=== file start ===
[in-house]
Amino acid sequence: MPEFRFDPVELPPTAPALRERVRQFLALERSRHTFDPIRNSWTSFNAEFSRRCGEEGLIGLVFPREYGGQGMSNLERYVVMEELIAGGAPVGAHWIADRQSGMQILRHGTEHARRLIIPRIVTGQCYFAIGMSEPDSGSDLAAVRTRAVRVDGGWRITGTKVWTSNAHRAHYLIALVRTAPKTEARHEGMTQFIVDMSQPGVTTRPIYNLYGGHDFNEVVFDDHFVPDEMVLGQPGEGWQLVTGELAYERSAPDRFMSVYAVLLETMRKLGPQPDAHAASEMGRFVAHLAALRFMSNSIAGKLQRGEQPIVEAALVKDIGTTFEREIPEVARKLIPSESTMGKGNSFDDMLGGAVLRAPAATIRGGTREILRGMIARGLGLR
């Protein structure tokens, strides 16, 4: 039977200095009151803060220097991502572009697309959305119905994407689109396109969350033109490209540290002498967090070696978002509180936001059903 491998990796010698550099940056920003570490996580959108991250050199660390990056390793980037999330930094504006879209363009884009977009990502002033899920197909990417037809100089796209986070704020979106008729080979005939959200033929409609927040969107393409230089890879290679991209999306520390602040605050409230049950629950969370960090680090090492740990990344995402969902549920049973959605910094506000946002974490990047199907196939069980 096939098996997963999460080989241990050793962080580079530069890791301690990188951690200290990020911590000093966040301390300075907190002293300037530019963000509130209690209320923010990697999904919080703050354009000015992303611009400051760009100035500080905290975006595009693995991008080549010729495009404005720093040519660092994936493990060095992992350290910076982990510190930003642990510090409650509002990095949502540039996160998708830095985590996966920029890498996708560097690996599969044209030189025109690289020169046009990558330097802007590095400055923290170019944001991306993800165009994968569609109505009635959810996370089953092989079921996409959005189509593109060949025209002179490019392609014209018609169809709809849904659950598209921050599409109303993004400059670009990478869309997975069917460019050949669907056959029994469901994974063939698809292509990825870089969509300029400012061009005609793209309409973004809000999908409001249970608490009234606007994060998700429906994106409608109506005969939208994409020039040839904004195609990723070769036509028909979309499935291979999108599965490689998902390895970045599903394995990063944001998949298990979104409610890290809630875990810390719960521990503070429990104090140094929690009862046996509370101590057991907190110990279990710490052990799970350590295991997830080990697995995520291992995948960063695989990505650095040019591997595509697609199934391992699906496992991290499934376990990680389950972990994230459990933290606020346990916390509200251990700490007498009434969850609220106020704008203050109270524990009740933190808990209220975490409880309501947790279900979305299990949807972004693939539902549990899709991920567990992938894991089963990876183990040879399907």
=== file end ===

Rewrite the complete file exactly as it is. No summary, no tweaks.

[in-house]
Amino acid sequence: MPEFRFDPVELPPTAPALRERVRQFLALERSRHTFDPIRNSWTSFNAEFSRRCGEEGLIGLVFPREYGGQGMSNLERYVVMEELIAGGAPVGAHWIADRQSGMQILRHGTEHARRLIIPRIVTGQCYFAIGMSEPDSGSDLAAVRTRAVRVDGGWRITGTKVWTSNAHRAHYLIALVRTAPKTEARHEGMTQFIVDMSQPGVTTRPIYNLYGGHDFNEVVFDDHFVPDEMVLGQPGEGWQLVTGELAYERSAPDRFMSVYAVLLETMRKLGPQPDAHAASEMGRFVAHLAALRFMSNSIAGKLQRGEQPIVEAALVKDIGTTFEREIPEVARKLIPSESTMGKGNSFDDMLGGAVLRAPAATIRGGTREILRGMIARGLGLR
């Protein structure tokens, strides 16, 4: 039977200095009151803060220097991502572009697309959305119905994407689109396109969350033109490209540290002498967090070696978002509180936001059903 491998990796010698550099940056920003570490996580959108991250050199660390990056390793980037999330930094504006879209363009884009977009990502002033899920197909990417037809100089796209986070704020979106008729080979005939959200033929409609927040969107393409230089890879290679991209999306520390602040605050409230049950629950969370960090680090090492740990990344995402969902549920049973959605910094506000946002974490990047199907196939069980 096939098996997963999460080989241990050793962080580079530069890791301690990188951690200290990020911590000093966040301390300075907190002293300037530019963000509130209690209320923010990697999904919080703050354009000015992303611009400051760009100035500080905290975006595009693995991008080549010729495009404005720093040519660092994936493990060095992992350290910076982990510190930003642990510090409650509002990095949502540039996160998708830095985590996966920029890498996708560097690996599969044209030189025109690289020169046009990558330097802007590095400055923290170019944001991306993800165009994968569609109505009635959810996370089953092989079921996409959005189509593109060949025209002179490019392609014209018609169809709809849904659950598209921050599409109303993004400059670009990478869309997975069917460019050949669907056959029994469901994974063939698809292509990825870089969509300029400012061009005609793209309409973004809000999908409001249970608490009234606007994060998700429906994106409608109506005969939208994409020039040839904004195609990723070769036509028909979309499935291979999108599965490689998902390895970045599903394995990063944001998949298990979104409610890290809630875990810390719960521990503070429990104090140094929690009862046996509370101590057991907190110990279990710490052990799970350590295991997830080990697995995520291992995948960063695989990505650095040019591997595509697609199934391992699906496992991290499934376990990680389950972990994230459990933290606020346990916390509200251990700490007498009434969850609220106020704008203050109270524990009740933190808990209220975490409880309501947790279900979305299990949807972004693939539902549990899709991920567990992938894991089963990876183990040879399907």